So, what’s the better card to opt for: one offering miles or one offering money? First, mileage earners must come to the realization that redeeming this currency for travel can be difficult unless they are willing to be flexible in their plans. Next, they must be interested in some of the higher-value credit card rewards. Redeeming miles to fly coach between New York and Chicago—a relatively short trip on a competitive route—is a very poor use of them: You’re not saving that much money.

In contrast, mileage awards are an outstanding value if used for premium-class international travel, where the cost in miles can be only 50 percent more for business class over coach, It is not uncommon to redeem 100,000 miles for a business-class ticket to Europe that sells for $5,000. In this way, cardholders are getting five cents in value for each dollar spent and mile earned, far greater than any cash back award.

When to Stick with Cash Back

Cash will always be king for those who have no tolerance for these games—or who don’t have a trip abroad in their short-term future. Sure, you can save up for an award trip over several years, but bear in mind that mileage sitting in an airline frequent flyer account does not earn interest; in fact, it’ll probably decline in value as carriers keep upping the redemption levels and charges for redeeming.

It might just be simpler to earn 2 percent cash back, invest the money and purchase the flight of your choice on your terms someday. Furthermore, paid tickets are eligible to earn miles and receive upgrades. And if you don’t travel a lot? That cash back could be used on your utilities, car payment or even a Roth IRA contribution.

Credit Card Rewards for Roth IRAs

There are actually a few cards on the market that allow you to earn rewards which can be used for investments, including Roth IRAs. Basically, they work by having your annual cash back amount go directly into your account. These cards offer a few distinct advantages:

  • They are affiliated with specific brokerage firms and in turn, they strive hard to offer excellent customer service, since they know more is on the line than just your credit card account (the last thing they want to do is have a customer take his account elsewhere!).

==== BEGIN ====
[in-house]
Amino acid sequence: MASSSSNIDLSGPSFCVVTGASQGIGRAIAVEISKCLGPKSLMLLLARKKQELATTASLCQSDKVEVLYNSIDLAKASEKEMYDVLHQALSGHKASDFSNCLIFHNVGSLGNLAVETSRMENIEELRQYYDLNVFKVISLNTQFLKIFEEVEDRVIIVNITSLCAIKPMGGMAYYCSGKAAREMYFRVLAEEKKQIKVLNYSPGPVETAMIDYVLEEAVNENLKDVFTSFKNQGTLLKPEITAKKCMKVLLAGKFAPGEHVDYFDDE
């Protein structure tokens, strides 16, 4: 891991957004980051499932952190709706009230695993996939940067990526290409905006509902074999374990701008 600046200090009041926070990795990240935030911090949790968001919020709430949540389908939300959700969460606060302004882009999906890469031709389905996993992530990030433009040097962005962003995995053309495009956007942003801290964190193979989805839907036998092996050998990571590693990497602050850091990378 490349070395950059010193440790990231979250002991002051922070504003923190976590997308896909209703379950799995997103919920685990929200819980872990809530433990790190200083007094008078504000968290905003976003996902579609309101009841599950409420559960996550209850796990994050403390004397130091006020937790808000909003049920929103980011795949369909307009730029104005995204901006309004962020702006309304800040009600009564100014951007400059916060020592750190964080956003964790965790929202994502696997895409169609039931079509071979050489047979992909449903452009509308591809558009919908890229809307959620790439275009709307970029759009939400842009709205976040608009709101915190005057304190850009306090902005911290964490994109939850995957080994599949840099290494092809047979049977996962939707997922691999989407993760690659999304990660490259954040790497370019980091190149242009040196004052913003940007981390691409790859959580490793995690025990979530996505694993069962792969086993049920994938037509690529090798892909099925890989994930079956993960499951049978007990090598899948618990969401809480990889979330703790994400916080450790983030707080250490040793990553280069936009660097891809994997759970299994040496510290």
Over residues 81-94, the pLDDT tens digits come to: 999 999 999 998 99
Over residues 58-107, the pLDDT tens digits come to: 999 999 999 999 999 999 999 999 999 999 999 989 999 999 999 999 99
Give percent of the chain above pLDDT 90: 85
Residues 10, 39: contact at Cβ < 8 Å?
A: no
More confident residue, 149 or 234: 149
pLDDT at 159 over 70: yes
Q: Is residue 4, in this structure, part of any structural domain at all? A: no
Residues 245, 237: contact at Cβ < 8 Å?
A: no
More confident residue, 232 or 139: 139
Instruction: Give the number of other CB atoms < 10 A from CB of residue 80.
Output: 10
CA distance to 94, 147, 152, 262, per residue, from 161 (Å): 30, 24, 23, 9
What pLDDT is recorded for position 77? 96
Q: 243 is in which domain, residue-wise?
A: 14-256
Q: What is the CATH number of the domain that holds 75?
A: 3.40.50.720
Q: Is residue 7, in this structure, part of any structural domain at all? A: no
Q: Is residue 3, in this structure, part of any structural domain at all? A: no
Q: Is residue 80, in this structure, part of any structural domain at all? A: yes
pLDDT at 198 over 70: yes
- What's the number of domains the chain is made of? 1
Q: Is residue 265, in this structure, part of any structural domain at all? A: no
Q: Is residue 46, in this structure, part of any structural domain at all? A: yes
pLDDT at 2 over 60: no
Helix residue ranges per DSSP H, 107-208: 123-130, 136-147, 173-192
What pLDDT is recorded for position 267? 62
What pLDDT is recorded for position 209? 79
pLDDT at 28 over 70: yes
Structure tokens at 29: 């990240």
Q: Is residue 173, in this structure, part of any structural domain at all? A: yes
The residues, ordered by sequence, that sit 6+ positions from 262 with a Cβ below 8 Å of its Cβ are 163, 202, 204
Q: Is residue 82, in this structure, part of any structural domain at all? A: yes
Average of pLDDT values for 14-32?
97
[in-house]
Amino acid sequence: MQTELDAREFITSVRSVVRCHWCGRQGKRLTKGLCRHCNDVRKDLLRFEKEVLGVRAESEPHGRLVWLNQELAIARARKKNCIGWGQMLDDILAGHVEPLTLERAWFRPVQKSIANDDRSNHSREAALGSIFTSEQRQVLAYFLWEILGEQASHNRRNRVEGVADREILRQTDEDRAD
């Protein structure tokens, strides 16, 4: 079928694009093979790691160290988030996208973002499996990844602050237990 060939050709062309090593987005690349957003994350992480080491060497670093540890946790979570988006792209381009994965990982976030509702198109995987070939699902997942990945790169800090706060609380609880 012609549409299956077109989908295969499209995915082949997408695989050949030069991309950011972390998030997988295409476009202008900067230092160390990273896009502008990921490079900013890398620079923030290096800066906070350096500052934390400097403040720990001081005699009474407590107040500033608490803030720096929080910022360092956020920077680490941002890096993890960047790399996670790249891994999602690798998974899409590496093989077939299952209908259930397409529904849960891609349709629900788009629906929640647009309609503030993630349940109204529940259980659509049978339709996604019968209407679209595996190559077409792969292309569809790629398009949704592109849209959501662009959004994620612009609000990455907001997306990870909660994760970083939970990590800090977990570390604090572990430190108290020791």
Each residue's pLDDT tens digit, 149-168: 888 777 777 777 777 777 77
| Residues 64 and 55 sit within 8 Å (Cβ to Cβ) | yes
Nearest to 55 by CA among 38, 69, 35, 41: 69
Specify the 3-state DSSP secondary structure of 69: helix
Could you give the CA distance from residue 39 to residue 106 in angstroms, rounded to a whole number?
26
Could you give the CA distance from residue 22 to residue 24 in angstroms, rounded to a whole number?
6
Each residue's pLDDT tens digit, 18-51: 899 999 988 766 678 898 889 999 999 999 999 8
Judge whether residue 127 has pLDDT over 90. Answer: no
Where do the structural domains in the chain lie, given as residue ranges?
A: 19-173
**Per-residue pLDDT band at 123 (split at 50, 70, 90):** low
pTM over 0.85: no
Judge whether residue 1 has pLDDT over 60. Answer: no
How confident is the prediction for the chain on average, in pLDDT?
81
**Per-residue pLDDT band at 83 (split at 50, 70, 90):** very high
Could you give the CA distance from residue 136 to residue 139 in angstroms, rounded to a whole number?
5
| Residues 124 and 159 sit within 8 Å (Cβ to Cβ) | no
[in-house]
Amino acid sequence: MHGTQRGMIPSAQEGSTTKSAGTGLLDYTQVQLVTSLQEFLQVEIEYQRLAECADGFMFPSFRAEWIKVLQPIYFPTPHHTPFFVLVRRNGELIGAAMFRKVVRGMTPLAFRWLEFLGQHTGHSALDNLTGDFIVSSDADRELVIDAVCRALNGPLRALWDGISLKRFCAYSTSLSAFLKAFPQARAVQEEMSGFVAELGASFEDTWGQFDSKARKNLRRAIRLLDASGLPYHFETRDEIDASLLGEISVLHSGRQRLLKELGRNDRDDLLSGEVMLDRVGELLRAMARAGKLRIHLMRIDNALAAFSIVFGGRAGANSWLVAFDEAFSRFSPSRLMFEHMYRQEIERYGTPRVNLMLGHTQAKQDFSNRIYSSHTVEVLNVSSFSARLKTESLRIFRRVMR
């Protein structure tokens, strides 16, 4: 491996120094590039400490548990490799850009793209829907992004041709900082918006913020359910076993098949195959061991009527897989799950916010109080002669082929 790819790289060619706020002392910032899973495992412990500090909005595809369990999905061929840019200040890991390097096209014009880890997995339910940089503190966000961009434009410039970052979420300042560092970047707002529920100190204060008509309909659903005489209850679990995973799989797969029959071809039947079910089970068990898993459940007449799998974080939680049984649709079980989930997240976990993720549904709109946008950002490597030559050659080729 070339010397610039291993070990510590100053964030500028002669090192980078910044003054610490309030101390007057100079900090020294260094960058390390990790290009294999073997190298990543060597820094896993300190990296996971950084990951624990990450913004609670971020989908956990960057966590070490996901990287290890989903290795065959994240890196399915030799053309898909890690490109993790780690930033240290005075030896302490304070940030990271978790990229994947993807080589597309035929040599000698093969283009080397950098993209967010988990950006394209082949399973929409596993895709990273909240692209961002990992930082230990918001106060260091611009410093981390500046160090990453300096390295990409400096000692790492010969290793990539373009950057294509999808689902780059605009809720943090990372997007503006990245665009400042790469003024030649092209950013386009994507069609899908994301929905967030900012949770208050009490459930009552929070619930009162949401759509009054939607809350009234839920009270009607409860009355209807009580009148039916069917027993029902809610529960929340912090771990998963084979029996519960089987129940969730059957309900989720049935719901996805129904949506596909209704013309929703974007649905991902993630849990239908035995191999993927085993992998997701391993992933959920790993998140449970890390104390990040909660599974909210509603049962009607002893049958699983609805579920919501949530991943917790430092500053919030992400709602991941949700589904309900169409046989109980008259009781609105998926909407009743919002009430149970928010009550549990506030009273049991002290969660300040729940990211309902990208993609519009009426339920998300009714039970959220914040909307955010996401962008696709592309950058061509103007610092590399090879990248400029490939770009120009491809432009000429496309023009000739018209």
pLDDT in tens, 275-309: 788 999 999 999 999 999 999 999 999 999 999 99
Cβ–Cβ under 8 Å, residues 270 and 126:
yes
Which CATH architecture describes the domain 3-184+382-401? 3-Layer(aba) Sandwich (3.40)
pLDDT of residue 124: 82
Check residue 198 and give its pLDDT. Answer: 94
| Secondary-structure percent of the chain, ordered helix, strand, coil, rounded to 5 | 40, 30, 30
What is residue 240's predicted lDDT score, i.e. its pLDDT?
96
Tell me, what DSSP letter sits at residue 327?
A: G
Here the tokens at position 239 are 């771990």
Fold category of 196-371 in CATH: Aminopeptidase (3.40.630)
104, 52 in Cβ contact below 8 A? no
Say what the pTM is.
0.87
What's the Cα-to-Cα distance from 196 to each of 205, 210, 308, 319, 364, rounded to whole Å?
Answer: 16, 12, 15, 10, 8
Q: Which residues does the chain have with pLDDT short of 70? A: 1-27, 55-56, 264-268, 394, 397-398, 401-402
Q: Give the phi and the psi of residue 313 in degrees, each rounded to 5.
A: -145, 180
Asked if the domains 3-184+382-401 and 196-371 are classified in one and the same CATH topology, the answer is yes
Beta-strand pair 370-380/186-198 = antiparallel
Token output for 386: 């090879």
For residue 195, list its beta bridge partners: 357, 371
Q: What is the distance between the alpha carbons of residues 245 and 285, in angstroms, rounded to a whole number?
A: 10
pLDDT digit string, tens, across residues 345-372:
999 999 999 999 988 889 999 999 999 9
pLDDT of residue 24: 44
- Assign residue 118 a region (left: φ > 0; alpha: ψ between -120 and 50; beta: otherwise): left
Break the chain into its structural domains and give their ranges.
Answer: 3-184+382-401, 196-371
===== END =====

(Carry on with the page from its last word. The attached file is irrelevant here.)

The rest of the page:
• The rewards percentage is often higher than the standard 1 percent most cash-back credit cards offer.
  • It is a “pain-free” way to increase contributions to your Roth IRA account.

Let’s take a look at a few of the most popular.

Roth IRA Cards

Fidelity Rewards Visa Signature Card: You earn two points for every dollar spent and there are no caps on total rewards. Each 5,000 points ($2,500 in spending) can be redeemed for a $50 contribution to a Fidelity IRA account. It’s a great value, considering there is no annual fee and the 2 percent rebate is unlimited.

Ameriprise World MasterCard: You’ll earn one Ameriprise Rewards point for every dollar spent on purchases, which you can redeem into an eligible Ameriprise account, or for gift cards, travel and more. Your points are worth 1.25 percent cash back when you redeem in increments of 30,000 into eligible Ameriprise accounts.

Schwab Investor Card from American Express: Gives 1.5 percent cash back, without any tiers or limits. That cash back is automatically deposited into a linked Charles Schwab investment account. There’s no annual fee.

More Ways Credit Cards Can Bolster Your Roth IRA

The aforementioned cards definitely have their advantages—if you have (or are willing to open) an account at the affiliated financial institution. But when you think about it, there’s no reason why you can’t use any cash back credit card to earn money that can be deposited into your Roth IRA. If you choose to go this route, here are three tips to maximize your earnings potential:

1. Use more than one credit card. Especially if you have a card that periodically offers a larger-than-normal cash-back sum on rotating categories, like the the Chase Freedom card. You can earmark the extra cash as a bonus contribution. If you wanted to do even better than that, you could use the card  for the 5 percent categories and then a different card that offered more than 1 percent on other purchases.

2. Use your credit card for work expenses. Of course your employer has to agree to it. But if they’ll reimburse you for charges on your own card, instead of making you use a company credit card, you’ll will have the ability to earn cash back for those expenditures too. It might be best to have a separate credit card just for these business expenses, so money doesn’t get mixed up.

3. Don’t let credit card cash back detract from normal contributions. It’s important to not let credit card rewards become a justification to contribute less on your own. Rather, they should be viewed as being above and beyond the amounts you already contribute.

Just remember that you have to have earned at least as much as you contribute to your Roth IRA and that can be no more than the year’s permitted annual contribution.